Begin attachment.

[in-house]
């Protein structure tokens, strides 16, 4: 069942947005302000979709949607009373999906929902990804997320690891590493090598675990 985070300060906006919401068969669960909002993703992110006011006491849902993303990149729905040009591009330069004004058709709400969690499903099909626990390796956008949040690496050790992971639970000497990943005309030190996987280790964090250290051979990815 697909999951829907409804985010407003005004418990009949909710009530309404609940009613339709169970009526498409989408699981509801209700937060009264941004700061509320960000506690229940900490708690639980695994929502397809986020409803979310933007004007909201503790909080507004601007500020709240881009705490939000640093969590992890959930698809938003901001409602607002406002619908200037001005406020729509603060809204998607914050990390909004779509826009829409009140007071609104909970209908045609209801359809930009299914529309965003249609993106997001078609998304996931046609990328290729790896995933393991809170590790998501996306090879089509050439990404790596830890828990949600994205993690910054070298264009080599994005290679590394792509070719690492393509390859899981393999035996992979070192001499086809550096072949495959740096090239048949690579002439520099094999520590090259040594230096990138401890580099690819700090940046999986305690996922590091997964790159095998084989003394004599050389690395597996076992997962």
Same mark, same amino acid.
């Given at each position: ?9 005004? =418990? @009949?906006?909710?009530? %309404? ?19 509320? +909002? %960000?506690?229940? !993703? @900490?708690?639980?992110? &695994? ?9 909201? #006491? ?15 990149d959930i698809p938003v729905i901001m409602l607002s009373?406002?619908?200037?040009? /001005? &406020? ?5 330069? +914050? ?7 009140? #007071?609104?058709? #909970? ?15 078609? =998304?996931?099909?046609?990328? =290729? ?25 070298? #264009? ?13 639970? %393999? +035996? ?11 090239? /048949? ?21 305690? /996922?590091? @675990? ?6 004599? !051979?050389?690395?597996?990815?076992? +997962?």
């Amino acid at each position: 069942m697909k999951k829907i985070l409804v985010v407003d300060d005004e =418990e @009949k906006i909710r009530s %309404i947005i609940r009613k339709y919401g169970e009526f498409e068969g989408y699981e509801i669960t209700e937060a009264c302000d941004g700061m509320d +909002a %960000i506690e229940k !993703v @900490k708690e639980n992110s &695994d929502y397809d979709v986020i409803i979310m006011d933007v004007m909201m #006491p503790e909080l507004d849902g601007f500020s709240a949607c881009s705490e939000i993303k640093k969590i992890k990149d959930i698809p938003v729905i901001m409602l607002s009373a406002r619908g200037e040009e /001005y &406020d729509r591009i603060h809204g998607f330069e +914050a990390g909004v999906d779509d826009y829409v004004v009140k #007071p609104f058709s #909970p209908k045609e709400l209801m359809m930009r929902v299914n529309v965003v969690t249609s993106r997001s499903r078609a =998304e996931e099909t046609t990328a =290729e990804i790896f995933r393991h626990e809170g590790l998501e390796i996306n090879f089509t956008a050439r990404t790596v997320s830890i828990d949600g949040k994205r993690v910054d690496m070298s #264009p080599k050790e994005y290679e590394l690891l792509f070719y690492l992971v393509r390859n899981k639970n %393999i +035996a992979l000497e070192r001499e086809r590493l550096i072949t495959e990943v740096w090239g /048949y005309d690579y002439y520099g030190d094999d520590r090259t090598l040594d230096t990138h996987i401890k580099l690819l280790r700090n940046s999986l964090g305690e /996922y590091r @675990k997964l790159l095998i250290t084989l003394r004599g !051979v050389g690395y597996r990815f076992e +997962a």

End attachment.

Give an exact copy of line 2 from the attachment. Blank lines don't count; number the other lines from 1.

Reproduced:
């Protein structure tokens, strides 16, 4: 069942947005302000979709949607009373999906929902990804997320690891590493090598675990 985070300060906006919401068969669960909002993703992110006011006491849902993303990149729905040009591009330069004004058709709400969690499903099909626990390796956008949040690496050790992971639970000497990943005309030190996987280790964090250290051979990815 697909999951829907409804985010407003005004418990009949909710009530309404609940009613339709169970009526498409989408699981509801209700937060009264941004700061509320960000506690229940900490708690639980695994929502397809986020409803979310933007004007909201503790909080507004601007500020709240881009705490939000640093969590992890959930698809938003901001409602607002406002619908200037001005406020729509603060809204998607914050990390909004779509826009829409009140007071609104909970209908045609209801359809930009299914529309965003249609993106997001078609998304996931046609990328290729790896995933393991809170590790998501996306090879089509050439990404790596830890828990949600994205993690910054070298264009080599994005290679590394792509070719690492393509390859899981393999035996992979070192001499086809550096072949495959740096090239048949690579002439520099094999520590090259040594230096990138401890580099690819700090940046999986305690996922590091997964790159095998084989003394004599050389690395597996076992997962």